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Despite cataclysmic predictions, Attenborough offers us a glimmer of hope

By Lewis Halliday Oct 4, 2020
Mandatory Credit: Photo by Eugene Adebari/Shutterstock (91816b) DAVID ATTENBOROUGH DAVID ATTENBOROUGH - 1982

Rating 4/5

“We have completely destroyed this world,” says the surprisingly blunt David Attenborough who addresses us in his latest Netflix film, David Attenborough: A life on our planet.

Photo by Eugene Adebari/Shutterstock 
David Attenborough with an orangutan – 1982

Sir David Attenborough offers us a stark personal statement of the devastation he has witnessed throughout his illustrious career. He begins his debut to the big screen by expressing how the cataclysmic environmental damage, caused by the explosion of the nuclear reactor at Chernobyl, has decimated species and ecosystems. 

The film is a tale in two halves: first, the nation’s TV treasure takes us on a retrospective look at his TV career highlighting the destruction caused by humankind. He presents us with an ultimatum in the first half of the film: “If we don’t save the world now, we are on the brink of the sixth extinction.” This clear rhetoric is followed throughout the first 40 minutes of the film as we explore the country-hopping journey Attenborough has undertaken over his career at the BBC. He reviews how over his career he has witnessed a significant change in the climate crisis and the response to it by world leaders. 

We are taken on an emotional picturesque journey through the jungles of Borneo in one scene. We bear witness to the solemn look of Attenborough, as we see orangutans climbing up the last remaining tree in a destitute post-apocalyptic field of dust and fallen trees. The scene envisages the feel of a desert rather than the fruitful abundance of life normally associated with the jungle. The theme of the immorality of Earth runs deep through the roots of this film, encapsulating the mutilation of species across the globe.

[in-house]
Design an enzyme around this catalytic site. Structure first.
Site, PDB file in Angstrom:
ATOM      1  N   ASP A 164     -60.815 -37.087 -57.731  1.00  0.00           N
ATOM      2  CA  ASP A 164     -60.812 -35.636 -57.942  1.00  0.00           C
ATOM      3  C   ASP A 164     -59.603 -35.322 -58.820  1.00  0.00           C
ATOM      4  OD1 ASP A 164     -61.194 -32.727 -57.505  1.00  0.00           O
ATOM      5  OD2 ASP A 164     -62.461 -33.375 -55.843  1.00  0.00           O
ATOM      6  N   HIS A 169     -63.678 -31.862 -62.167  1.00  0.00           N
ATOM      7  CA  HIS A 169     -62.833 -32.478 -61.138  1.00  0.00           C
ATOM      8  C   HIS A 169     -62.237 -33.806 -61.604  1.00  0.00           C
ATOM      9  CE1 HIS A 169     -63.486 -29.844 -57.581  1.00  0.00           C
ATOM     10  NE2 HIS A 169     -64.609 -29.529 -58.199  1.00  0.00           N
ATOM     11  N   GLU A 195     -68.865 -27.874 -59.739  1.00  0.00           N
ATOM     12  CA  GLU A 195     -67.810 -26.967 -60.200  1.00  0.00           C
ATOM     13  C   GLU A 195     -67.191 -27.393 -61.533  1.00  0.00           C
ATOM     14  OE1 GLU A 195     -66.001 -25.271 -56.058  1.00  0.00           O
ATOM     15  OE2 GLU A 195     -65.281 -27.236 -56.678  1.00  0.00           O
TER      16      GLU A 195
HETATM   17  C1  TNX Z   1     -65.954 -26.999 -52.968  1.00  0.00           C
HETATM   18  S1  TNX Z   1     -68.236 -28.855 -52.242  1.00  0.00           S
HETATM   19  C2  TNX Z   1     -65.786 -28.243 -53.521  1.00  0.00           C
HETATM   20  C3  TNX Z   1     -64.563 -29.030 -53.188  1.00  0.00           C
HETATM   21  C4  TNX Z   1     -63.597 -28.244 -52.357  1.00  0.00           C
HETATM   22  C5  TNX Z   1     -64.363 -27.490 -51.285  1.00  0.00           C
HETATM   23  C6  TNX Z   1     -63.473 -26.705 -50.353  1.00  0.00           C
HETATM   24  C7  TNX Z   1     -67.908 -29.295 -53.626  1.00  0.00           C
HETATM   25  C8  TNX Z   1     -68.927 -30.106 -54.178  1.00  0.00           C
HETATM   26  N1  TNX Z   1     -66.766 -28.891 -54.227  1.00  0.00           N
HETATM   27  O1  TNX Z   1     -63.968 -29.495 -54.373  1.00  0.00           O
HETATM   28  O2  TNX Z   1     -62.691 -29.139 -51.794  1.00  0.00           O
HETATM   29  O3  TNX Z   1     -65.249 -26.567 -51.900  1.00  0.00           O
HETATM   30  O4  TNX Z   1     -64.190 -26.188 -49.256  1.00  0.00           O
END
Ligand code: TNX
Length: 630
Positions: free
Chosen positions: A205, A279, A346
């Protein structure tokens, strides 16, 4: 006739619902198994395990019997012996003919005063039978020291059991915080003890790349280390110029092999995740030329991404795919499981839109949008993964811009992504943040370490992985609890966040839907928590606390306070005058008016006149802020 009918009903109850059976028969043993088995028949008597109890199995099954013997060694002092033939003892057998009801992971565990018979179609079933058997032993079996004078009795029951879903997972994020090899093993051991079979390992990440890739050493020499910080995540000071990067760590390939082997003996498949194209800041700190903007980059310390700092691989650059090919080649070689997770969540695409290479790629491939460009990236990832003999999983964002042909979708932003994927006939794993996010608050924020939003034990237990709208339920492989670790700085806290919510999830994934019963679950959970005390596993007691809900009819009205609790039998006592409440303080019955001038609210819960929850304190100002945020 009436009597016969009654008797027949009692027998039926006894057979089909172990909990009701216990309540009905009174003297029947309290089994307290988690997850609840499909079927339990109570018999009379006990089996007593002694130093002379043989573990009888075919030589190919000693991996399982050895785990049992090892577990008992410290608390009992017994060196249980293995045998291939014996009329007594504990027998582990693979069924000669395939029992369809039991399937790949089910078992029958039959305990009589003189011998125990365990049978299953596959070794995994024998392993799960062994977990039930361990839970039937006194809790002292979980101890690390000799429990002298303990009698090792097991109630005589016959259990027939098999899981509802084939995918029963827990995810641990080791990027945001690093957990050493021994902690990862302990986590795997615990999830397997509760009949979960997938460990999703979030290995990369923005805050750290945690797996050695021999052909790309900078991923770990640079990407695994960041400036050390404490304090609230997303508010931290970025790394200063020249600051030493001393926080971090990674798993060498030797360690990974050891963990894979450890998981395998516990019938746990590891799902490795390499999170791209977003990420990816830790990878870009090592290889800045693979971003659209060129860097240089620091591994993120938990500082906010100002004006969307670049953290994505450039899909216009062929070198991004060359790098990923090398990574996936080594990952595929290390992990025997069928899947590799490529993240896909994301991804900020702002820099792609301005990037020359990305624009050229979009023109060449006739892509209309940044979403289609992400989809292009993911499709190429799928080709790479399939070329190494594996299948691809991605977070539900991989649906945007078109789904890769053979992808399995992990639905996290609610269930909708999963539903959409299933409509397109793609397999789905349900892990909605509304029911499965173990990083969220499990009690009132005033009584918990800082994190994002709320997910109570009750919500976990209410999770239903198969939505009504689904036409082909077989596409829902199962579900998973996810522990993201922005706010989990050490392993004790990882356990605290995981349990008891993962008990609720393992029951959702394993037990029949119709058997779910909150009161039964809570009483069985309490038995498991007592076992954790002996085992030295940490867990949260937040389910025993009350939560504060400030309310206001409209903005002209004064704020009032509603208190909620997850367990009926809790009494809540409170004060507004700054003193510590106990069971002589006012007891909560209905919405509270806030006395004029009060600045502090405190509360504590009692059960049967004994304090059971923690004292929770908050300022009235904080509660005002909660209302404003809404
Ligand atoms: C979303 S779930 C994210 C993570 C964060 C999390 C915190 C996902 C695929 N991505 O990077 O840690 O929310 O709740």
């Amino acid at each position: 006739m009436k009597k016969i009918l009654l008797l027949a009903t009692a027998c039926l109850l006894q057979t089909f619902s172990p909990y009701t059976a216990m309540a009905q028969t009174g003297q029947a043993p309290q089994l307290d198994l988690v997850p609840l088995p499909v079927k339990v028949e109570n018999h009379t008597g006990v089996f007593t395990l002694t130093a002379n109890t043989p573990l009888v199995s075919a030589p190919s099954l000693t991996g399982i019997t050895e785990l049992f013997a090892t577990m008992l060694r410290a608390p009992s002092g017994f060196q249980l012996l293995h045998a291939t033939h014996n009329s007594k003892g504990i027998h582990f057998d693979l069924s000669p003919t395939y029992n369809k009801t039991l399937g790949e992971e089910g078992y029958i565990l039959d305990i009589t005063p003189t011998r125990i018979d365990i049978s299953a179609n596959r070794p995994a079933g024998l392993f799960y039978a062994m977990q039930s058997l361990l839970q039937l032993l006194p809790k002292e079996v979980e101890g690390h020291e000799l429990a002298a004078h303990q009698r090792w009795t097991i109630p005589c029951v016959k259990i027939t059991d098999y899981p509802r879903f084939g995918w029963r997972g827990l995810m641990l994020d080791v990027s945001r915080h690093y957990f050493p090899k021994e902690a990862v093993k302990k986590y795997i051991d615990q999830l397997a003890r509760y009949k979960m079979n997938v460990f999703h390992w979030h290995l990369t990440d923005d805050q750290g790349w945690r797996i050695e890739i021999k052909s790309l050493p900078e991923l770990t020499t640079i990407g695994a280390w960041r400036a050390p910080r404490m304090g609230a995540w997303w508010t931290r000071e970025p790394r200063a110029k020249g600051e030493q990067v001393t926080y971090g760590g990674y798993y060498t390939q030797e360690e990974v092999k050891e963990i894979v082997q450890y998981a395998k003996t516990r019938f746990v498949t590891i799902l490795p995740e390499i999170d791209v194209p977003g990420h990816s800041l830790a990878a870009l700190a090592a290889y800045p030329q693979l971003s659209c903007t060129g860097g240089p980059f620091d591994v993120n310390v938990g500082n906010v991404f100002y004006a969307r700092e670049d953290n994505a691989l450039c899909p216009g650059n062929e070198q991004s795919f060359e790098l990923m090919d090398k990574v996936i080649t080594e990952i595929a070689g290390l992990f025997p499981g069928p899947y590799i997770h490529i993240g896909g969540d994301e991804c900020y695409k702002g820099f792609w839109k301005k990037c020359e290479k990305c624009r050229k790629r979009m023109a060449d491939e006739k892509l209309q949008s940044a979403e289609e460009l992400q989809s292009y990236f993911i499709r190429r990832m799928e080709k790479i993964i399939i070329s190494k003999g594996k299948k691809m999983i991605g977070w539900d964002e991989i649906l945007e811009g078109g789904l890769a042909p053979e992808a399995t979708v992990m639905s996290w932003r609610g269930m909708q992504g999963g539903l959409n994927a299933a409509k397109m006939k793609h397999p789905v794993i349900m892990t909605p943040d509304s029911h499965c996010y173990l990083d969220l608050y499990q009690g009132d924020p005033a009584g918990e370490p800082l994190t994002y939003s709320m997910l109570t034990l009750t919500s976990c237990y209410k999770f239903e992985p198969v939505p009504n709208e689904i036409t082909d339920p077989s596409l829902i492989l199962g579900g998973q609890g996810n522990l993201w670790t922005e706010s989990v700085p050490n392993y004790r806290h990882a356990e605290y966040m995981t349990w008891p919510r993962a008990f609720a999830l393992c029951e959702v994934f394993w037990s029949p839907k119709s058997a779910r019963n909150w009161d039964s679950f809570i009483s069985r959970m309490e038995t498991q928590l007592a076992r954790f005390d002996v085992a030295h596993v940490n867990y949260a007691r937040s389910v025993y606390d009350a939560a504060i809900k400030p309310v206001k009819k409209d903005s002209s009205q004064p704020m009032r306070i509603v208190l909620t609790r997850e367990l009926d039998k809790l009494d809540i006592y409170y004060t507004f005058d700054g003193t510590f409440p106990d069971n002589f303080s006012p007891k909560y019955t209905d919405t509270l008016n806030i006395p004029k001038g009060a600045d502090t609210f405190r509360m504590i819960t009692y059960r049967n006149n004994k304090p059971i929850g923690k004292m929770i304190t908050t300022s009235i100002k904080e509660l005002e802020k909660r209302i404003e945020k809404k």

Photo by William Steel/Solent News/Shutterstock 
A warm embrace of two lionesses in their natural habitat

There is a glimmer of hope though, Attenborough, in the second half of the film offers us a solution: “It is simpler than you think. By raising living standards across the world, it will enable us to stop the rise in the population at such rapid growth, a growth that has been too fast for our resources as far.”

Attenborough enlightens us finally by explaining how the Earth can bounce back. He cleverly circles the film back to the beginning by taking us back to Pripyat, next to the Chernobyl wasteland, and begins to explain how life has begun to re-enter this once inhospitable place.

Photo by Shiraaz Mohamed/AP/Shutterstock
An elephant crosses the road in the Kruger National Park, South Africa

If animal populations and species can begin to resurface in the most unholy of places then Attenborough, explaining whilst standing by the door of an ex-soviet apartment block, shows how there is a chance for the world to rejuvenate itself.

Thus he concludes with the view of how animals would be able to claim back the Earth if humans were out of the equation, offering a stark and harsh reality, one that bellows down from the big screen of the cinema and draws upon the humanity in all of us.

David Attenborough: A life on our planet is available in selected cinemas and on Netflix from October 4 2020.

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